First, let me address the perception that Nevow is dead. The launchpad project containing the code for Nevow (and the rest of the Divmod projects) is divmod.org on launchpad. A hardware failure has badly impacted the project's public presence, but it's still there, and other things (like the wiki and the tickets) are in the process of being recovered. There isn't a lot of active maintenance work going on right now, but that's mostly because it's good enough for most of its users; there are lots of people who depend on Nevow and would be very upset if it stopped working. Those people have the skills and experience necessary to continue maintaining it. So, while it's not being actively promoted right now, I think it's unlikely that it's going to go away.
Third, on to the main question, given this information, what should you do now?
Generally speaking, I'd say, "use nevow". The project has some warts, it needs more documentation and its API needs to be trimmed to eliminate some old and broken stuff, but it's still quite useful and very much alive. To make up for the slightly sparse documentation, you can join the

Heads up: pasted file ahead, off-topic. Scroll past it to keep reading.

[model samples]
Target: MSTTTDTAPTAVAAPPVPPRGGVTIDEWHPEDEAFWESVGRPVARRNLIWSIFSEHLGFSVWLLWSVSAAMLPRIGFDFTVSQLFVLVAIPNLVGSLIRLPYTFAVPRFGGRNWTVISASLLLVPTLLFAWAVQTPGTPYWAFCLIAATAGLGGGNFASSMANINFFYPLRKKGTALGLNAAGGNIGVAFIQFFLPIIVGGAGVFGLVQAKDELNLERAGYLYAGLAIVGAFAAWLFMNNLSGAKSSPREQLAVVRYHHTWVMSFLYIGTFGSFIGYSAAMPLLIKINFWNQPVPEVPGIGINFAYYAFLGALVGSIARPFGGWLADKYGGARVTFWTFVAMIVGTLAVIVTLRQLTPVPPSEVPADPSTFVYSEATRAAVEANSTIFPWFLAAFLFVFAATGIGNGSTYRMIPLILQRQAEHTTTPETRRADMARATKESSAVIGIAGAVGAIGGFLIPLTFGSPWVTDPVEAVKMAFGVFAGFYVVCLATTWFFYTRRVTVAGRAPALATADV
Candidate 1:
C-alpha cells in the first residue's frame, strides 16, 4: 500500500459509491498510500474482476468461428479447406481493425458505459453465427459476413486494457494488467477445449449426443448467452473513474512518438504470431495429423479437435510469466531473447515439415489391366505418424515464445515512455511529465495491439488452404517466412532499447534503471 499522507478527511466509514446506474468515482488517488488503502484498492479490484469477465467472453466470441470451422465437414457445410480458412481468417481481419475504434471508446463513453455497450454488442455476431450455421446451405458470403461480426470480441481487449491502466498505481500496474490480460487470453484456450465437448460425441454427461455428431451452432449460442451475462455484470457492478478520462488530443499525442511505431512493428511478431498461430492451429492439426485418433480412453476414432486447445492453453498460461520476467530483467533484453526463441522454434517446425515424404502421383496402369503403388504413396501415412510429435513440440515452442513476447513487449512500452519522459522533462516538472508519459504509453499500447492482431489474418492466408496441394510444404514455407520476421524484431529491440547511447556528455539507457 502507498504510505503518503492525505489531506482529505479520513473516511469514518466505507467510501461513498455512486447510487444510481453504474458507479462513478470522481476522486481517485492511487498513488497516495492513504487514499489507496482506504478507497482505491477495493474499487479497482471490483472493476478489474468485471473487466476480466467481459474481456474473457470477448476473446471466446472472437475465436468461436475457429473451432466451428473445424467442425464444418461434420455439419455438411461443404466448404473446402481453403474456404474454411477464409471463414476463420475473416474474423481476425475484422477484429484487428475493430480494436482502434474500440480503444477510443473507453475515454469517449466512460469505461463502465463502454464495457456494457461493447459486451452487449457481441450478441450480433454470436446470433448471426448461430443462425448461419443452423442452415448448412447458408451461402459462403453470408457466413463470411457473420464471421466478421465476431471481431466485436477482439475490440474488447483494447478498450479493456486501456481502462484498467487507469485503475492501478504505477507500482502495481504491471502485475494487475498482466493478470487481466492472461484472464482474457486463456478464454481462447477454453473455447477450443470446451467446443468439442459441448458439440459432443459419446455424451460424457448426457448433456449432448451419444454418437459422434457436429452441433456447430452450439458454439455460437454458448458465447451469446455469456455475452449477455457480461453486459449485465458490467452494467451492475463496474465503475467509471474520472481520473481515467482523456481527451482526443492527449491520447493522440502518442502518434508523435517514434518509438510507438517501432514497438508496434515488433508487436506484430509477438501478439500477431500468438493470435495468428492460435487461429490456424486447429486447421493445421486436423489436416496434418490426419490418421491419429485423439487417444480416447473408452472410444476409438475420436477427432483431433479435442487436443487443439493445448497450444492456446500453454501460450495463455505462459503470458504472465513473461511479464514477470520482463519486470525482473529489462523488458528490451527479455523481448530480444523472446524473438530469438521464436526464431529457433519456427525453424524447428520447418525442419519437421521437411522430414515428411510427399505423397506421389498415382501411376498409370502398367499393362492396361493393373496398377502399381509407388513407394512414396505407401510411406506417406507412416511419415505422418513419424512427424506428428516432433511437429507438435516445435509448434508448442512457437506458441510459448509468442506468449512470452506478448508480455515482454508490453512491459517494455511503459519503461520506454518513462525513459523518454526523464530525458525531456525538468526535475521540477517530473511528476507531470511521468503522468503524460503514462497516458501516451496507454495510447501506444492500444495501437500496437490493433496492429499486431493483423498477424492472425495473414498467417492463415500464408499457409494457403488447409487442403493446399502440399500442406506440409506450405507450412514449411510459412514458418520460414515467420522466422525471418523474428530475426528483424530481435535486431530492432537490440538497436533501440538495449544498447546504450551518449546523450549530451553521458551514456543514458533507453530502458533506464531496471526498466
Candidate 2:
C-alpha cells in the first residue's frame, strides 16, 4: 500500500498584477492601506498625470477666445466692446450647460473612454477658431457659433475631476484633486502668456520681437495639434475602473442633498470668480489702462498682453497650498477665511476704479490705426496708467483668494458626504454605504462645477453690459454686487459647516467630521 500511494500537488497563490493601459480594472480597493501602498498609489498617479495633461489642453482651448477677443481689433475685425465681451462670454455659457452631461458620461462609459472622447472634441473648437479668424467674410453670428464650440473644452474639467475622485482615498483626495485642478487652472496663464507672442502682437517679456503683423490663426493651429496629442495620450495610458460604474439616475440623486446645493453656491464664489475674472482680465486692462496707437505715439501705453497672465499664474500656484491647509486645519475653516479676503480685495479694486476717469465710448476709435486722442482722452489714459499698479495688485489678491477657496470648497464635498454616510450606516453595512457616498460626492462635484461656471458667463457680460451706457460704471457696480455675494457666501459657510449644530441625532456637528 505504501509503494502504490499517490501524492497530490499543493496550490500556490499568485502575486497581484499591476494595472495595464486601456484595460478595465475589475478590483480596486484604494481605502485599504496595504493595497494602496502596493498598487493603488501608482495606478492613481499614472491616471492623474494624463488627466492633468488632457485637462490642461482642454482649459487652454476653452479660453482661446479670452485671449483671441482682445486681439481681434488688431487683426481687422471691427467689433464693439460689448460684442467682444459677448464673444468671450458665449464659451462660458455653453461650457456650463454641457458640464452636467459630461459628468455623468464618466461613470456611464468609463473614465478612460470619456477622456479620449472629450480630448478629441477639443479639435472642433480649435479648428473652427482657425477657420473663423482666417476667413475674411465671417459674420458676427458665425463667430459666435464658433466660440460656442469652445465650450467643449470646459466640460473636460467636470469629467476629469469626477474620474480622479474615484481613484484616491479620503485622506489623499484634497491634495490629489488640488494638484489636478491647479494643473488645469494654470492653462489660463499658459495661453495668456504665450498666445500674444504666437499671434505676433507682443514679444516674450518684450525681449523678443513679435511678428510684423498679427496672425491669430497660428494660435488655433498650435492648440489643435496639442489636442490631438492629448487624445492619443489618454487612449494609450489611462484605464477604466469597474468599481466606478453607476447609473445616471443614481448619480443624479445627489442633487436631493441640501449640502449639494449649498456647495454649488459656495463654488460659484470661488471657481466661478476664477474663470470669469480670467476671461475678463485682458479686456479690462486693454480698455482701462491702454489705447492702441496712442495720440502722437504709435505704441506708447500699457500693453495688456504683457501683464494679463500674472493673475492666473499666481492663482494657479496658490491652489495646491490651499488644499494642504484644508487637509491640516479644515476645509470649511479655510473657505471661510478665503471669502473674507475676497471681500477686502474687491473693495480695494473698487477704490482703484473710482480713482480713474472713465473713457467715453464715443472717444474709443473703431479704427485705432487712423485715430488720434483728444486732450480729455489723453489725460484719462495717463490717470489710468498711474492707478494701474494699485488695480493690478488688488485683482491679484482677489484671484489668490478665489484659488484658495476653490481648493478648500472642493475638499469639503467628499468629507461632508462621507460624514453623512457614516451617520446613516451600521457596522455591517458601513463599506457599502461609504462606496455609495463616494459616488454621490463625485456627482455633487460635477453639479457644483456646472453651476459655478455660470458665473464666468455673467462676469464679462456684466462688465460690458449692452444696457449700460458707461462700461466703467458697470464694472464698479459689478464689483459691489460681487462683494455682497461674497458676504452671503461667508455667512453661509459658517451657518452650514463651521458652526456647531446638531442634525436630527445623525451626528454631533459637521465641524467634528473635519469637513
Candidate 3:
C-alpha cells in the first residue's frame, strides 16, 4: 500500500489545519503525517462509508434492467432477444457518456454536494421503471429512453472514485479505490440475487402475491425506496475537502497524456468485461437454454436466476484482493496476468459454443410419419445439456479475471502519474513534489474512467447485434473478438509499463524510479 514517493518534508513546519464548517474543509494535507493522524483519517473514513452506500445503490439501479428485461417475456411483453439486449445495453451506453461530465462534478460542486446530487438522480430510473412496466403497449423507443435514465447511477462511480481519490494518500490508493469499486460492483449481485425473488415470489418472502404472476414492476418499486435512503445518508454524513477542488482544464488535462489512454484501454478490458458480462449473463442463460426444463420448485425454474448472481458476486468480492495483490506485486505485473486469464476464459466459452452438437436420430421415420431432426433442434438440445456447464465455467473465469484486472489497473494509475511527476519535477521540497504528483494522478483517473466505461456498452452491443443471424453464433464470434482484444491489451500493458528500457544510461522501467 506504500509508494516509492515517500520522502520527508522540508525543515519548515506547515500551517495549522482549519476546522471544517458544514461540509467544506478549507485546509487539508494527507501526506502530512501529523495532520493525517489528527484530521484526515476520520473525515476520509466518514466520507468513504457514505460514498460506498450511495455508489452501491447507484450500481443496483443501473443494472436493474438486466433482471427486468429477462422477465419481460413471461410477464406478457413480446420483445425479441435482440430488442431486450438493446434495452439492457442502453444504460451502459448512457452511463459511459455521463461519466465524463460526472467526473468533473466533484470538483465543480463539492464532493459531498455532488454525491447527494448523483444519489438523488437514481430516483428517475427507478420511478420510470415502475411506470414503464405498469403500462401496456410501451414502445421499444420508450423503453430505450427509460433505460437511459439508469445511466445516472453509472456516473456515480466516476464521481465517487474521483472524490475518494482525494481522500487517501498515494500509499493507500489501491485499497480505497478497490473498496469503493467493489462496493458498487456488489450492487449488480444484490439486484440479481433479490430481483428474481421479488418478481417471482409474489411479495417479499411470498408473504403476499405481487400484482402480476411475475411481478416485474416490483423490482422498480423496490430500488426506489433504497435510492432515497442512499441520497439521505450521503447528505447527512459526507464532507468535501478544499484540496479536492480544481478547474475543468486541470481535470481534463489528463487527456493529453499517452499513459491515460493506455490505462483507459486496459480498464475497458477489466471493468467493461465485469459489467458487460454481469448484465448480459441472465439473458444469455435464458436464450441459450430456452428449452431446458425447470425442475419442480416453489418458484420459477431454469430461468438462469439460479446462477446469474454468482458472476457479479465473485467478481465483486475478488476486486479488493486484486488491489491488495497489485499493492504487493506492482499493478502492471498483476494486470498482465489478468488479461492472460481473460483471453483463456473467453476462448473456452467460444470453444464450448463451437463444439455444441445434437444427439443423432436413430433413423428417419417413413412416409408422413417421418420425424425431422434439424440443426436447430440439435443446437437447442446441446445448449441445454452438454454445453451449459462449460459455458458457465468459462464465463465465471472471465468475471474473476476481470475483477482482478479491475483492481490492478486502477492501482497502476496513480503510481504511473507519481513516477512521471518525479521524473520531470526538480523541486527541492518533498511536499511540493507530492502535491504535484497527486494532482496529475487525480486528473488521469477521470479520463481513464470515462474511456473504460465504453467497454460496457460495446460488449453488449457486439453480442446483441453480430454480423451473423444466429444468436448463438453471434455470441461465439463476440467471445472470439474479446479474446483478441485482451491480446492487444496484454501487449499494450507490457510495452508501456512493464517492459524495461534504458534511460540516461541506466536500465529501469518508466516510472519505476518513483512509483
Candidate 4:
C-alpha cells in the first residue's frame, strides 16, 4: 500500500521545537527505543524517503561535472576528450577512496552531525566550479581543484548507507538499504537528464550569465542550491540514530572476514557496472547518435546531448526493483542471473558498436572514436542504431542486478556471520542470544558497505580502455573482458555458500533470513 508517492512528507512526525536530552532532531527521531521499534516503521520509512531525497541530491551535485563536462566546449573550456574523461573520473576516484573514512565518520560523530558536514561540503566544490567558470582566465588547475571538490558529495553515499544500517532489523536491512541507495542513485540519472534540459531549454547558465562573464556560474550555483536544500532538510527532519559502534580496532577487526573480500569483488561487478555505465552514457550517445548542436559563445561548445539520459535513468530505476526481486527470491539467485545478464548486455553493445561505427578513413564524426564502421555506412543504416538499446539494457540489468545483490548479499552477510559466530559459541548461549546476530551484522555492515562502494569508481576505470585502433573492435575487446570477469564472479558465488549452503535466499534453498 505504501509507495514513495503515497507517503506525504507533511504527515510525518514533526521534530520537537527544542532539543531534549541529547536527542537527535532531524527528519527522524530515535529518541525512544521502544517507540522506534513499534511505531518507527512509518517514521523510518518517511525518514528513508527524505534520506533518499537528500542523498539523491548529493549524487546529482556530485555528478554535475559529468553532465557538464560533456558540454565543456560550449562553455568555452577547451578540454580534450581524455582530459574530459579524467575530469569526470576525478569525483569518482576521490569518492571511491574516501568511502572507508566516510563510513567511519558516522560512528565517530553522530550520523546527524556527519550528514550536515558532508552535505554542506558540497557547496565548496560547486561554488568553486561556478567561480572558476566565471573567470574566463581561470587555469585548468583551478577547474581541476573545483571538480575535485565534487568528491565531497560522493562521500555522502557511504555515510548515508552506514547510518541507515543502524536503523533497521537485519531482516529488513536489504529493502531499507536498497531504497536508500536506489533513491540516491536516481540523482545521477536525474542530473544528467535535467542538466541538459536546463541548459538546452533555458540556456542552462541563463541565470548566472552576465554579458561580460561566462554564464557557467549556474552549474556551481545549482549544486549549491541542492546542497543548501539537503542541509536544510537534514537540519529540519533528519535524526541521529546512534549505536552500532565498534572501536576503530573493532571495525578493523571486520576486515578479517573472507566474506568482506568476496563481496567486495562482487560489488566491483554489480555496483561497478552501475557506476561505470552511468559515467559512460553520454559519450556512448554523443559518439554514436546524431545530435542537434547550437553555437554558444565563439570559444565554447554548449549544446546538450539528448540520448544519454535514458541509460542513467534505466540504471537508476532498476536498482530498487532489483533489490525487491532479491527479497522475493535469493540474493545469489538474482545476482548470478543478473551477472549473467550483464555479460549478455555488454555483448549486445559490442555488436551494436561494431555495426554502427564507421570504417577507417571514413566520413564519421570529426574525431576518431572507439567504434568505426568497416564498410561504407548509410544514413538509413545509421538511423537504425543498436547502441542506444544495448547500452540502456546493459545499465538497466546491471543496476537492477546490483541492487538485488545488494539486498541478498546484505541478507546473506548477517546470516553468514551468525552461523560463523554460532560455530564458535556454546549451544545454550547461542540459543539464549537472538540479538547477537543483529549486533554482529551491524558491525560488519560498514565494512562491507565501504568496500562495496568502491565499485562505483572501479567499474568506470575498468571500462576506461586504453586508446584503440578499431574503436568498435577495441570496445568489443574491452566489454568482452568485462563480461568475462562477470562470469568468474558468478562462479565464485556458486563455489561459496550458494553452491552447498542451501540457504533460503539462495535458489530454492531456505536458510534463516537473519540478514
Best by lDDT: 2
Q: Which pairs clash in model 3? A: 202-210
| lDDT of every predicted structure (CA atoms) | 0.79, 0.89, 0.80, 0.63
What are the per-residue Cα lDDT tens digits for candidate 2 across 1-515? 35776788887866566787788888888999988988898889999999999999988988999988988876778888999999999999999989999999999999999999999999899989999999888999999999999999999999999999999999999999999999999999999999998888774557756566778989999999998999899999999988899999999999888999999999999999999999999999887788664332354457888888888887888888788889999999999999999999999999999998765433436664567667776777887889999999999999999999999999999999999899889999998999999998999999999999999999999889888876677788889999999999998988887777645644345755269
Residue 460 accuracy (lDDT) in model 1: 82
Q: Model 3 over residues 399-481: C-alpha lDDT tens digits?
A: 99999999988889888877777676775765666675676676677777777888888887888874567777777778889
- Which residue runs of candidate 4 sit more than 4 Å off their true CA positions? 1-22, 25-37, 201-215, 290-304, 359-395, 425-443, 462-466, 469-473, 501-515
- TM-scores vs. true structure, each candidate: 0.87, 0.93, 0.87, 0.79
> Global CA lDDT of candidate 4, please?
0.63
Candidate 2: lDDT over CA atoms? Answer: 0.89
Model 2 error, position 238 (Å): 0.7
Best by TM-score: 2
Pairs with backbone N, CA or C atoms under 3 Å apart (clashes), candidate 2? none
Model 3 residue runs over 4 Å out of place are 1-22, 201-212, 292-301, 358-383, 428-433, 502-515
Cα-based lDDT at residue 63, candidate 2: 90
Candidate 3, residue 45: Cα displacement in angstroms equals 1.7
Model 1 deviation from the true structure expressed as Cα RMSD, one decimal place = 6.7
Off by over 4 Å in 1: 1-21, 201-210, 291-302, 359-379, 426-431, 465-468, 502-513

#twisted.web channels on Freenode to get help with it. If you help out by contributing patches where you can, you will find that you'll get a lot of enthusiastic help there. When you ignore the deprecated parts Nevow has a pretty small, sane, twisted friendly API. The consequence of the plan for Nevow's evolution that I outlined above are actually pretty minimal. If it even happens at all, what it means for you is, in 1-5 years, when you upgrade to a new version of Twisted, you'll get a couple of deprecation warnings, change some
import lines in your code from
from nevow.page import ...; from nevow.loaders import ... to some hypothetical new thing like
from twisted.web.page.element import ...; from twisted.web.page.templates import ..., or somesuch. Most of the API past that point should remain the same, and definitely the high-level concepts shouldn't change much.
The main advantage that you get from using Nevow is that it's async-friendly and can render pages in your main thread without blocking things. Plus, you can then get really easy COMET for free with Athena.
You can also use Django. This is not quite as async-friendly but it obviously does have a broader base of support. However, "not as async friendly" doesn't mean "hard to use". You can run it in twisted.web via WSGIResource, and simply use blockingCallFromThread in your Django application to invoke any Twisted API that returns a Deferred, which should be powerful enough to do just about anything you want. If you have a more specific question about how to instantiate Twisted web resources to combine Twisted Web and Django, you should probably ask it in its own Stack Overflow question.